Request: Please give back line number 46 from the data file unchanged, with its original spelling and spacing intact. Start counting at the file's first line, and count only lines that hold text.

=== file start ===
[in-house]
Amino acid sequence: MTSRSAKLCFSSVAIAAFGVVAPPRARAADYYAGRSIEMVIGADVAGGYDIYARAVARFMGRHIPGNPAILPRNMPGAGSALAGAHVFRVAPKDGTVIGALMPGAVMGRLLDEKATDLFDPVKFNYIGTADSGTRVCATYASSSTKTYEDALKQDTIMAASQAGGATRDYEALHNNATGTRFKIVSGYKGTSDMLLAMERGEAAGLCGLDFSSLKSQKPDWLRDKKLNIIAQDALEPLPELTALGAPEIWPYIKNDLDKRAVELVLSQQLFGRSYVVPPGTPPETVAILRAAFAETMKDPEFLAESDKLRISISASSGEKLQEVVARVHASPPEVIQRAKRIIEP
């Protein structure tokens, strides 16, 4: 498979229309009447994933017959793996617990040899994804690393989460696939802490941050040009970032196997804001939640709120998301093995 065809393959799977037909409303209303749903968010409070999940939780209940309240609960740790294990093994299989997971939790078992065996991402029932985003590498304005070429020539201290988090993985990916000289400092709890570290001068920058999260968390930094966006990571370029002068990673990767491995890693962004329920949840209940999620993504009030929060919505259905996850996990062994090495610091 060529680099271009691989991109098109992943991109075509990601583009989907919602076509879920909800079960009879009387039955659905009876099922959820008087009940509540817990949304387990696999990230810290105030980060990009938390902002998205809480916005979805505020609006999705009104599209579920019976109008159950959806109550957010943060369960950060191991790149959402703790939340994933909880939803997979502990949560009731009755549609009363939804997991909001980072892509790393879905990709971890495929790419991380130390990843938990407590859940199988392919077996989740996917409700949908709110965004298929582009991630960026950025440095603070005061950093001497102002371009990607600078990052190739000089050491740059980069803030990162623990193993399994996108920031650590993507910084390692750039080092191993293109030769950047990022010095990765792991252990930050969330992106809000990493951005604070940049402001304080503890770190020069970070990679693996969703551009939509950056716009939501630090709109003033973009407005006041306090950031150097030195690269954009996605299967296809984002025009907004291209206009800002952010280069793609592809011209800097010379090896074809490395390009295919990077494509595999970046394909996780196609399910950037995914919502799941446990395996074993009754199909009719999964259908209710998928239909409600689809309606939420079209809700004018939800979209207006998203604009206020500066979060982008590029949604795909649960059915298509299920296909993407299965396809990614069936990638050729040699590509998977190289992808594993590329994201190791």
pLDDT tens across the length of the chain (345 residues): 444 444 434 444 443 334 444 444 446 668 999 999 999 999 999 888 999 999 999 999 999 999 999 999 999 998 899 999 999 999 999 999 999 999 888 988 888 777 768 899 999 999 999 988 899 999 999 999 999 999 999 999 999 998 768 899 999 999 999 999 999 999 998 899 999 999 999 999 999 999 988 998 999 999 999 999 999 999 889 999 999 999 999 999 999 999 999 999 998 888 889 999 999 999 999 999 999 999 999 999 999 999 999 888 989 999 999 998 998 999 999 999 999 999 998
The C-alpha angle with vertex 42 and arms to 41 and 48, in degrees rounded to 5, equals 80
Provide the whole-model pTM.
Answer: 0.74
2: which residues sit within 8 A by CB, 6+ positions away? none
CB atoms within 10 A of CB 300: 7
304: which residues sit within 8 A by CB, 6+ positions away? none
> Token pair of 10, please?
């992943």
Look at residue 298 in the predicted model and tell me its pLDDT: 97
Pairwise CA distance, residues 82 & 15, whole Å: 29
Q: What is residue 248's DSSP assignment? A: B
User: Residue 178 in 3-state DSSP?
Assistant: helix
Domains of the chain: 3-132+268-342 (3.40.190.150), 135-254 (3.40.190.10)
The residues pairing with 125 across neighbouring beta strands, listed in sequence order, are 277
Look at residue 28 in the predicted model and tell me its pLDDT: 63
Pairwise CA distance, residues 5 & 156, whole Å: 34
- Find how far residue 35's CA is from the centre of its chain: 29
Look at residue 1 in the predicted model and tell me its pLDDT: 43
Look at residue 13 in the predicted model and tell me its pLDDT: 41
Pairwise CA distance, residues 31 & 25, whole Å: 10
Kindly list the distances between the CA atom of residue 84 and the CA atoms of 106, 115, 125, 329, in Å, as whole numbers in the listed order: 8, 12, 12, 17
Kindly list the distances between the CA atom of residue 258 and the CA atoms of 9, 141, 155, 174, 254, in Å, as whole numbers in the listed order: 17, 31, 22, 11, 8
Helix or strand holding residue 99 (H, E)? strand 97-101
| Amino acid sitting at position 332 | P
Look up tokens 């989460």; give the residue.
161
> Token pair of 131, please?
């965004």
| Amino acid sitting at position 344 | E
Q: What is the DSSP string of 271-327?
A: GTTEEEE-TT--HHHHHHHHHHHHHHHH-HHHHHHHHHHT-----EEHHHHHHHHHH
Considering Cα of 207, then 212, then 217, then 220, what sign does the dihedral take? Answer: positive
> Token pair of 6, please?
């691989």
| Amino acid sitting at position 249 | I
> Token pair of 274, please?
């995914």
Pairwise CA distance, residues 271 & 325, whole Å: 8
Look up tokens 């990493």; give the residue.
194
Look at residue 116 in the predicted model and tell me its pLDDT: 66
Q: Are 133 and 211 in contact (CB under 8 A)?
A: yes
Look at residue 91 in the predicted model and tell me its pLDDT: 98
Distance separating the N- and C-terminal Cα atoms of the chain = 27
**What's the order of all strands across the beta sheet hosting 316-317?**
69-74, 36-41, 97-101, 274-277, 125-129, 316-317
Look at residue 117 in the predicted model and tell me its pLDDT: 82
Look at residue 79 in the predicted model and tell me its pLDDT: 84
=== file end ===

Look at residue 116 in the predicted model and tell me its pLDDT: 66